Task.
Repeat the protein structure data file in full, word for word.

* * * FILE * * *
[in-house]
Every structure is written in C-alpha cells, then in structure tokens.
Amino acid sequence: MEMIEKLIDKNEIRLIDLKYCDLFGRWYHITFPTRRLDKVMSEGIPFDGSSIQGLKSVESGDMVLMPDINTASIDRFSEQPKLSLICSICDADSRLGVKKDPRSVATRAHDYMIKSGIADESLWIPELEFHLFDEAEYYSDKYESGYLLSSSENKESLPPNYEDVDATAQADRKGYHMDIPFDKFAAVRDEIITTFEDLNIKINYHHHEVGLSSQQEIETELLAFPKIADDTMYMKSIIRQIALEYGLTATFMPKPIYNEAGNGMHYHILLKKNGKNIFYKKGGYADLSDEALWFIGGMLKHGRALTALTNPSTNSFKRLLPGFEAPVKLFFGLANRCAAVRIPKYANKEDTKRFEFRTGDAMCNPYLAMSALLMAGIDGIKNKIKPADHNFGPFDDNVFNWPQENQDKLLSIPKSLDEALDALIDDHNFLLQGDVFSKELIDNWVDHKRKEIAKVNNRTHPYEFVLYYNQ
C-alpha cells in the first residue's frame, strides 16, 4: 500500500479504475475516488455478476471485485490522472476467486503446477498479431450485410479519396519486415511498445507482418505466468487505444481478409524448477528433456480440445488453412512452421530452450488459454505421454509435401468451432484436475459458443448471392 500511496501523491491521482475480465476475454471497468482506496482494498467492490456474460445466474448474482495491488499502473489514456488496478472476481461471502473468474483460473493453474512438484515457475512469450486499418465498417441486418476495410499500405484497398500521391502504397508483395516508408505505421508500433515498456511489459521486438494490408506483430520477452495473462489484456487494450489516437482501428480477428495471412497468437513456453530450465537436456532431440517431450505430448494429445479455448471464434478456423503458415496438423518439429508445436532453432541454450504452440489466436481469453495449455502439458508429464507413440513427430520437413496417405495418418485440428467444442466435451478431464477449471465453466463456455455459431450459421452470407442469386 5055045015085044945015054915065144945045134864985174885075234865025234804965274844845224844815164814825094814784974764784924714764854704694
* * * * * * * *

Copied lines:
[in-house]
Every structure is written in C-alpha cells, then in structure tokens.
Amino acid sequence: MEMIEKLIDKNEIRLIDLKYCDLFGRWYHITFPTRRLDKVMSEGIPFDGSSIQGLKSVESGDMVLMPDINTASIDRFSEQPKLSLICSICDADSRLGVKKDPRSVATRAHDYMIKSGIADESLWIPELEFHLFDEAEYYSDKYESGYLLSSSENKESLPPNYEDVDATAQADRKGYHMDIPFDKFAAVRDEIITTFEDLNIKINYHHHEVGLSSQQEIETELLAFPKIADDTMYMKSIIRQIALEYGLTATFMPKPIYNEAGNGMHYHILLKKNGKNIFYKKGGYADLSDEALWFIGGMLKHGRALTALTNPSTNSFKRLLPGFEAPVKLFFGLANRCAAVRIPKYANKEDTKRFEFRTGDAMCNPYLAMSALLMAGIDGIKNKIKPADHNFGPFDDNVFNWPQENQDKLLSIPKSLDEALDALIDDHNFLLQGDVFSKELIDNWVDHKRKEIAKVNNRTHPYEFVLYYNQ
C-alpha cells in the first residue's frame, strides 16, 4: 500500500479504475475516488455478476471485485490522472476467486503446477498479431450485410479519396519486415511498445507482418505466468487505444481478409524448477528433456480440445488453412512452421530452450488459454505421454509435401468451432484436475459458443448471392 500511496501523491491521482475480465476475454471497468482506496482494498467492490456474460445466474448474482495491488499502473489514456488496478472476481461471502473468474483460473493453474512438484515457475512469450486499418465498417441486418476495410499500405484497398500521391502504397508483395516508408505505421508500433515498456511489459521486438494490408506483430520477452495473462489484456487494450489516437482501428480477428495471412497468437513456453530450465537436456532431440517431450505430448494429445479455448471464434478456423503458415496438423518439429508445436532453432541454450504452440489466436481469453495449455502439458508429464507413440513427430520437413496417405495418418485440428467444442466435451478431464477449471465453466463456455455459431450459421452470407442469386 5055045015085044945015054915065144945045134864985174885075234865025234804965274844845224844815164814825094814784974764784924714764854704694